A couple of weekends ago, Vicky and I took a trip up to the Gower Peninsula, a short drive from Swansea City Centre, located in Swansea Bay. We had heard that it was a little like Cornwall, with its limestone cliffs and beautiful, sandy beaches and we were absolutely blown away by how gorgeous this part of the country really is. Set in the South of Wales, this is an area of natural beauty, which begins at the cute seaside town, Mumbles and extends westwards. With a top 3 beach in the UK on Trip Advisor and some of the best ice cream I have ever had, this place is well worth seeing for yourselves. I have a good friend who lives in the Mumbles and was able to give advice about where to go and what to do but we also used the awesome Visit Swansea Bay website to plan our trip.
The Kings Head Inn, Llangennith, was our accommodation for both nights. This traditional 17th Century pub, with its beams exposed, has so much charm and a lovely, warm atmosphere. It is situated in the quaint village of Llangennith, just 5 miles from Llangenith beach, right opposite the largest church on the Gower.
Our room was actually located in a separate building, across from the main pub. On arrival, we were greeted by the friendly staff and checked into our room. It was wonderfully spacious inside, both in the bedroom and the bathroom, with a large double bed, TV and the usual facilities. The room just has this calm, light and cosy feel to it – we had a really great night’s sleep.
On our first night, we dined in the pub. The World Cup was on so the bar area was pretty busy with a good atmosphere and there was a good choice of local ales on tap (most made in the Gower Brewery). We had a table reserved in the restaurant, which was also quite busy, ordering a starter of whitebait to share. For mains, Vicky had the chilli con carne and I had the King’s Head gourmet stack burger. All of the food was fresh and tasted great.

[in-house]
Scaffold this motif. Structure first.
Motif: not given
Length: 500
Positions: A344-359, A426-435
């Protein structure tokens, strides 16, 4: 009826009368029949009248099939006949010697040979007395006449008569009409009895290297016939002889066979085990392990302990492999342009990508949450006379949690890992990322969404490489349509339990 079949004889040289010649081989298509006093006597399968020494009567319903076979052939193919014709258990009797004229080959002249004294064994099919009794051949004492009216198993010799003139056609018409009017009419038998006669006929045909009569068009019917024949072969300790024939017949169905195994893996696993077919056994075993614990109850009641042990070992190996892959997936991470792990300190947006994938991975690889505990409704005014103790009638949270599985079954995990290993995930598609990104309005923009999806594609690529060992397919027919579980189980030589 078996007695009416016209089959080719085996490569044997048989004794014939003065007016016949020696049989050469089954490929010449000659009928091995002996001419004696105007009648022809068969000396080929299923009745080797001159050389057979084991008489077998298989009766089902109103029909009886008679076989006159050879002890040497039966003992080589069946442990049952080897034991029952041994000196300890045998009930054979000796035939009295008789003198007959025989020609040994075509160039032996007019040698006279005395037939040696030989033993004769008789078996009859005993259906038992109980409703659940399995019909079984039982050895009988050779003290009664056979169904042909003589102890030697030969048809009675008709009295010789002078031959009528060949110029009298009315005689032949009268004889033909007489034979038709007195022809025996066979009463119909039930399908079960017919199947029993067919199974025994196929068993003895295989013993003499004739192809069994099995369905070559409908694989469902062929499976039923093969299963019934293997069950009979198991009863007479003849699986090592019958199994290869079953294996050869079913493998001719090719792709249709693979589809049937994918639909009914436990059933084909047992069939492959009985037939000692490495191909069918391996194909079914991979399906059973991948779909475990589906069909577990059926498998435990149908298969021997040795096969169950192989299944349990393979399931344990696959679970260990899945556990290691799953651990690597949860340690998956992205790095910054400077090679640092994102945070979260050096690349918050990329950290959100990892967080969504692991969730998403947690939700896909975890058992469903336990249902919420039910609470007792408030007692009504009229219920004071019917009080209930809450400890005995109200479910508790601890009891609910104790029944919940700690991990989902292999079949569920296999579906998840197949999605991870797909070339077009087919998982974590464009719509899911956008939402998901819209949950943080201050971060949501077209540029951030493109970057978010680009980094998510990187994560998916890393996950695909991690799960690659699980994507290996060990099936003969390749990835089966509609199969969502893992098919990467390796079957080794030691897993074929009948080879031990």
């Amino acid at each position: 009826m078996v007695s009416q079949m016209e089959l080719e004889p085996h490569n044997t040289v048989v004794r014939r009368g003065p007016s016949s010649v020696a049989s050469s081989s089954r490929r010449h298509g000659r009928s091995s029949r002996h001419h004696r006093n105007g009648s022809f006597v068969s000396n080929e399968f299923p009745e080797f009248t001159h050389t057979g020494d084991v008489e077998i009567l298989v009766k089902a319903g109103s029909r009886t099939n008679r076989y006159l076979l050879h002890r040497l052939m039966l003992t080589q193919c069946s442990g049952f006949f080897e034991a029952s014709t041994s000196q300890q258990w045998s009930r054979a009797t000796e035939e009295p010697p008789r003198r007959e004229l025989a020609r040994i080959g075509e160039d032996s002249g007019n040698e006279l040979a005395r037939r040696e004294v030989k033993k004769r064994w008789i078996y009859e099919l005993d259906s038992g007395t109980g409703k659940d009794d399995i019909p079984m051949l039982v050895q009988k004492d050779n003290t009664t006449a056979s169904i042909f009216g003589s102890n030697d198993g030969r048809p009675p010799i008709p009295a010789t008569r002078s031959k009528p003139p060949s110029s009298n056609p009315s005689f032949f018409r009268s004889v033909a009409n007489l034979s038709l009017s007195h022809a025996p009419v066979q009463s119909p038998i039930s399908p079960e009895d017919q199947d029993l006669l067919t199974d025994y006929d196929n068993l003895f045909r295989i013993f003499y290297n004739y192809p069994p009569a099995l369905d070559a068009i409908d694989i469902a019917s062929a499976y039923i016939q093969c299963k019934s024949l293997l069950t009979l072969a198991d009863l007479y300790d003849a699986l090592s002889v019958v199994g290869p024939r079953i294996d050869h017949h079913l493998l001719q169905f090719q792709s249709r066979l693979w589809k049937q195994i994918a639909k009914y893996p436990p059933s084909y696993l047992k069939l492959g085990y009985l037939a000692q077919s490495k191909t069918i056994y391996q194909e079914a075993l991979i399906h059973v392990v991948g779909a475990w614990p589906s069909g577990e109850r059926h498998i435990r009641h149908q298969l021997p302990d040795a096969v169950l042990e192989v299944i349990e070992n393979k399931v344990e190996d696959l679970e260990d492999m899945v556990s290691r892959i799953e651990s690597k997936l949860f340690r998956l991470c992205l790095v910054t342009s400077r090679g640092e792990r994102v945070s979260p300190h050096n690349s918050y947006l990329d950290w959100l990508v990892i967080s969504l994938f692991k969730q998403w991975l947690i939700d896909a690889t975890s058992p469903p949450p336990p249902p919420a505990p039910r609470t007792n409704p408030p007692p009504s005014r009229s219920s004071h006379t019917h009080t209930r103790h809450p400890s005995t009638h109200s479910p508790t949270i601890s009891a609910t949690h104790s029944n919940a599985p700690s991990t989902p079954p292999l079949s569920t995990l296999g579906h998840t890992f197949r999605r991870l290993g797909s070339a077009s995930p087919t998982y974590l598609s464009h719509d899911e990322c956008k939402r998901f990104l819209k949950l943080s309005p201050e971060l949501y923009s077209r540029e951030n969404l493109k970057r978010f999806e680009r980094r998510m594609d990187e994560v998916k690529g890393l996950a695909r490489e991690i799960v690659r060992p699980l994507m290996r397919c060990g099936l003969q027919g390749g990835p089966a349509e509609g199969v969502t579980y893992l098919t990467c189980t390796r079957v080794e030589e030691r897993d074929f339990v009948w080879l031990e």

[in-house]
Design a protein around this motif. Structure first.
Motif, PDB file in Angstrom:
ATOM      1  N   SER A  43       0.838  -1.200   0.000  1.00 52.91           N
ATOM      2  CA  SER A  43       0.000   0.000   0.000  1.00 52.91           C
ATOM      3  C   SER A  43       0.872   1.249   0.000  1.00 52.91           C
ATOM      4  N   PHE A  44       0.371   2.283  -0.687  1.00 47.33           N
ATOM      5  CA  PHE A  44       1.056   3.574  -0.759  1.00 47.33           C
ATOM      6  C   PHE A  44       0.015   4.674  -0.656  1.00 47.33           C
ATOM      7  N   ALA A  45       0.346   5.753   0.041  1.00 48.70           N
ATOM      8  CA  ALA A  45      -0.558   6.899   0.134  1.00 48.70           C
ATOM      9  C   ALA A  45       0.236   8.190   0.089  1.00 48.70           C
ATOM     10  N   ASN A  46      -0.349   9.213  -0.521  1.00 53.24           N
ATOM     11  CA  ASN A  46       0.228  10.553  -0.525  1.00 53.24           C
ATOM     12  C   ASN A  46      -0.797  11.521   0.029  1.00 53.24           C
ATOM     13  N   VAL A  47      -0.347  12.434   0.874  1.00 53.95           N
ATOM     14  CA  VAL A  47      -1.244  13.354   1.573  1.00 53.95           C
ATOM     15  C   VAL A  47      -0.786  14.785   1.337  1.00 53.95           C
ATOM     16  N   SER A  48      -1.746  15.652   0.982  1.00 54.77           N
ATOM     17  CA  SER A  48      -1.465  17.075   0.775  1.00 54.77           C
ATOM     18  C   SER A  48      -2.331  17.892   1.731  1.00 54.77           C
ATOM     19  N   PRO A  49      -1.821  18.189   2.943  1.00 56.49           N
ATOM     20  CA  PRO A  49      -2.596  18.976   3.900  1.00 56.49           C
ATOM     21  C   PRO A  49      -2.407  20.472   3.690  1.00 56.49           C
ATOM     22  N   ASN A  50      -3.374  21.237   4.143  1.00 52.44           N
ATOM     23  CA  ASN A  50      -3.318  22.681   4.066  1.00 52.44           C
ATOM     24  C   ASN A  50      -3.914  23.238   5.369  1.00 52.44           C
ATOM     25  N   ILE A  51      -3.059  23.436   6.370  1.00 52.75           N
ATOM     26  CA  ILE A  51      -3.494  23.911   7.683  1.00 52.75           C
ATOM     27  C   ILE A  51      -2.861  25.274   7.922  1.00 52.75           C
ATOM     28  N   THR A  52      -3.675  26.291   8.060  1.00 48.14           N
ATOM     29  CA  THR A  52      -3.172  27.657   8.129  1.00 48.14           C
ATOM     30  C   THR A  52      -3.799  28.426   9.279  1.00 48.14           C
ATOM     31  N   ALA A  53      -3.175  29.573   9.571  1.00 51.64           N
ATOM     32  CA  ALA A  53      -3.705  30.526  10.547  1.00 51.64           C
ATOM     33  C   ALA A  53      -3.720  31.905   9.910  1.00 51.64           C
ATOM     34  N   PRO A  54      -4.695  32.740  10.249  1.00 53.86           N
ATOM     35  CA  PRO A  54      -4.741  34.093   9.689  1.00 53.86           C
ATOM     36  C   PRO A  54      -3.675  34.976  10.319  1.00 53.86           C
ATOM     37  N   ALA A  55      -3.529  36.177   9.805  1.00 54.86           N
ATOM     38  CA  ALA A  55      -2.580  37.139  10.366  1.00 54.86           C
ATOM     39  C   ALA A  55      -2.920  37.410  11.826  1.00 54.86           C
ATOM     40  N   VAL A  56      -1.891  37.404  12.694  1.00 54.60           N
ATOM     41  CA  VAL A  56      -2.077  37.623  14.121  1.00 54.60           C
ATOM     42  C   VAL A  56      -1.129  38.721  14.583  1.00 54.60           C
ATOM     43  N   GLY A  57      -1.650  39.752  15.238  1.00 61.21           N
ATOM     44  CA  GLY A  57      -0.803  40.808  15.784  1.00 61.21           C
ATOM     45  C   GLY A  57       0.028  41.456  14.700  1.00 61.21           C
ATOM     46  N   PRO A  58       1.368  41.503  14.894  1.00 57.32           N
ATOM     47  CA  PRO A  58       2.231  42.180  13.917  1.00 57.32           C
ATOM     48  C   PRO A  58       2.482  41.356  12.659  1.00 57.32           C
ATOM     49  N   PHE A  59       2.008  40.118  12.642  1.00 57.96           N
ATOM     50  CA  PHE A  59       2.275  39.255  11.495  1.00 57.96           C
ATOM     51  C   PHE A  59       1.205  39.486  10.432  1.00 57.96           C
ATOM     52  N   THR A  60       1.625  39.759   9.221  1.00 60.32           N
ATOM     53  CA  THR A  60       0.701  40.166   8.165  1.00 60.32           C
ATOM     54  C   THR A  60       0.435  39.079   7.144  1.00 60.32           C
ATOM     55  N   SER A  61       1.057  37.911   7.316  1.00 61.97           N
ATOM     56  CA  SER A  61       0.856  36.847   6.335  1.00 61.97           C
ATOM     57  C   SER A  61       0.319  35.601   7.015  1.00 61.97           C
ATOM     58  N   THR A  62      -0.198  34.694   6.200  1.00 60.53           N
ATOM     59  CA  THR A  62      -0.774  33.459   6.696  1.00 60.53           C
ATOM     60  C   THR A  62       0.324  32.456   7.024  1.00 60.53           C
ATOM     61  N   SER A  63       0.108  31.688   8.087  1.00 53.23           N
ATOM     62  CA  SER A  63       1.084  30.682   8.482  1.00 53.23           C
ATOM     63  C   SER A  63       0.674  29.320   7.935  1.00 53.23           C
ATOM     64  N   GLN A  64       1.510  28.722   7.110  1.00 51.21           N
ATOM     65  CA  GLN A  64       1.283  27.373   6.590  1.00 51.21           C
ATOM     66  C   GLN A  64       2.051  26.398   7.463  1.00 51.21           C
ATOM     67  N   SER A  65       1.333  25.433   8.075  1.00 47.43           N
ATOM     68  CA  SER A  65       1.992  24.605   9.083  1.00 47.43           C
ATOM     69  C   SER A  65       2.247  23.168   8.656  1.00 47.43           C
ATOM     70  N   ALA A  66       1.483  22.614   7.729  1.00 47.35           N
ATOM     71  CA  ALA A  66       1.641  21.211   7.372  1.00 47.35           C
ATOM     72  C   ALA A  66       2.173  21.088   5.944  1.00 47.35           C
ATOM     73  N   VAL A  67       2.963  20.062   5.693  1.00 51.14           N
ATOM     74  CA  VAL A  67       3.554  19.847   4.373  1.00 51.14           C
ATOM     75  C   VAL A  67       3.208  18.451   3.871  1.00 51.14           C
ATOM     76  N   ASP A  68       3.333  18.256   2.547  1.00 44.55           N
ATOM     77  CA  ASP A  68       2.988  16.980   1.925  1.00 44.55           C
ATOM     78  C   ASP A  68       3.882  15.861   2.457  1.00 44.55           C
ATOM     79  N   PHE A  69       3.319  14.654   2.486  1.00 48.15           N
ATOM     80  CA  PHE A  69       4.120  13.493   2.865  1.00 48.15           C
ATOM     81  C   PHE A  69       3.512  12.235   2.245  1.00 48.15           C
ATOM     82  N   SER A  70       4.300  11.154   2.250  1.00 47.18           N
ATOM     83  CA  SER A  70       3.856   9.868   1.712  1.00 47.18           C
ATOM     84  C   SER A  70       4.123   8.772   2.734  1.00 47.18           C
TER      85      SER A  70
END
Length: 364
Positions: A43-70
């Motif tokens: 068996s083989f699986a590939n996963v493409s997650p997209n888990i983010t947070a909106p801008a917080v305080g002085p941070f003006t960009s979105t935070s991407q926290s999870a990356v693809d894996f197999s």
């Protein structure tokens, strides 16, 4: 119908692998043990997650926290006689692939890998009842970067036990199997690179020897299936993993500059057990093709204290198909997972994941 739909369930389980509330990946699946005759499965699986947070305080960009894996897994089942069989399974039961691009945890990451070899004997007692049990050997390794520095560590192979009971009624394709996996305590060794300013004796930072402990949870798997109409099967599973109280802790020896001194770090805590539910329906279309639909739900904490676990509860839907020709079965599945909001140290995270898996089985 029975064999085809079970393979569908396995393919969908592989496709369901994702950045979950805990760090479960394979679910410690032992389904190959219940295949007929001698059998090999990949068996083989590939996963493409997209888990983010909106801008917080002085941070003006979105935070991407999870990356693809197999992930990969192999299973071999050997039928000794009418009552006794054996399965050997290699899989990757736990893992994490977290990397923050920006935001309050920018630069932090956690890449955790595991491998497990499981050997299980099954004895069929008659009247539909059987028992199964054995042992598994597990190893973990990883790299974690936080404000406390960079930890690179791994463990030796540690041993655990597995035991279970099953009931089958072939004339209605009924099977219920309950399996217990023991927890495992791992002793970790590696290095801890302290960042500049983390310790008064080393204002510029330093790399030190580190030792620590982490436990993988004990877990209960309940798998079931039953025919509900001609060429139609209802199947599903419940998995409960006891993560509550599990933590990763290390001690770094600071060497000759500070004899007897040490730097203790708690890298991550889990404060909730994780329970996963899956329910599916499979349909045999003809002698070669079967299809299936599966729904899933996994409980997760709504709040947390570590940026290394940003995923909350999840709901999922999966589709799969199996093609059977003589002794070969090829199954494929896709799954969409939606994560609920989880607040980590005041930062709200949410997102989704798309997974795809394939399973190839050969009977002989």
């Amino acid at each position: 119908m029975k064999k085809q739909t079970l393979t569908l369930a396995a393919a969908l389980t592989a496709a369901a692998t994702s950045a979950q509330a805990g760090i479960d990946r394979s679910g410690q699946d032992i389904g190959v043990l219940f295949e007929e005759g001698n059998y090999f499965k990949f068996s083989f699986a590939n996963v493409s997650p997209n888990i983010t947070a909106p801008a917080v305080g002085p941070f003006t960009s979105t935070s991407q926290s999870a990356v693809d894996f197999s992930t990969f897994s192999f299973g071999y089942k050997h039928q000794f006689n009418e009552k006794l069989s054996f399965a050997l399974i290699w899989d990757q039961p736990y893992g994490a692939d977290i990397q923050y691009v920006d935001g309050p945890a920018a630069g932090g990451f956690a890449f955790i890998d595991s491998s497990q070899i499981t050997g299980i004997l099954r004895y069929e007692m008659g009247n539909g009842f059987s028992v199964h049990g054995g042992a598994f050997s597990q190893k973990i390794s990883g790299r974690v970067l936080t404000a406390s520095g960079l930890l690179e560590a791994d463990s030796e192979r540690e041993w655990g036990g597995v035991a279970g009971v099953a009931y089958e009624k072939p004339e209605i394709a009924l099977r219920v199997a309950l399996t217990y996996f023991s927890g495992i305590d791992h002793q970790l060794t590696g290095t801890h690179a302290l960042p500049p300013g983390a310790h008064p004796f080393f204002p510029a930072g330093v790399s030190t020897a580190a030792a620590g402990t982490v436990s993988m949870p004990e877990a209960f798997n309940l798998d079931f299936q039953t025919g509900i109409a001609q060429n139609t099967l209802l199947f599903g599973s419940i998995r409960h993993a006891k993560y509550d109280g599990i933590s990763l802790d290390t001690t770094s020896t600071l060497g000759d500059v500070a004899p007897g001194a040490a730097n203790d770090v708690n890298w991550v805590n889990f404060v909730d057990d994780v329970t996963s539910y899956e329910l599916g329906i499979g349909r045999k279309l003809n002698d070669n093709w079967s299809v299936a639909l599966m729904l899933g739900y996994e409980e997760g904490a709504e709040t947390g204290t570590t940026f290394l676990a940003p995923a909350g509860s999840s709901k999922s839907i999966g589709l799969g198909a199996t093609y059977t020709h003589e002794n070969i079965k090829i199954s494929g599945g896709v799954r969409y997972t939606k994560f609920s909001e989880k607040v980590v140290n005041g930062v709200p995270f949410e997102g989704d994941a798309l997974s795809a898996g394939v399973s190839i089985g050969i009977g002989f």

There was a fantastic choice of food for breakfast as well- fruits, yoghurts, pastries, toast, cereals, croissants, unlimited teas and coffees, plus a hot breakfast choice too. As we were in Wales, we both opted for the Welsh Breakfast. This included the traditionally Welsh ‘laverbread’ – seaweed (laver) is boiled for several hours, then minced or pureed. It was strange having seaweed in a fry-up, however, it really complimented the bacon and fried bread too. The second morning, we chose the avocado and poached eggs on toast which again was served fresh and was really good.
Mumbles Coastal Walk
For our first full day, we decided to drive to the seaside, fishing ‘village’ of Mumbles (it is a very large village) on the western edge of Swansea Bay. To get our bearings and to get to know the place a little more, we began the day with a walk along the water’s edge on the Western side of Mumbles, then along the Welsh coastal path to Langland Bay; a sandy beach, very popular with tourists. The views from this path were awesome. Although busy, the village seemed much quieter than anywhere in Cornwall, considering it was such a warm and sunny day.
After our 45 minute circular walk, we headed back to the main area of Mumbles, and to the Oystermouth Castle. This 14th Century majestic building stands on a hill, with the most amazing views of Swansea Bay. Although in ruins, it is definitely worth checking out. We had good fun tackling the medieval maze of staircases, hidden doorways and vaults. There were lots of information boards about it too, so we really got a sense of the history of the castle. I didn’t really expect that much from this castle to be honest, however, I was pleasantly surprised by how much I enjoyed it.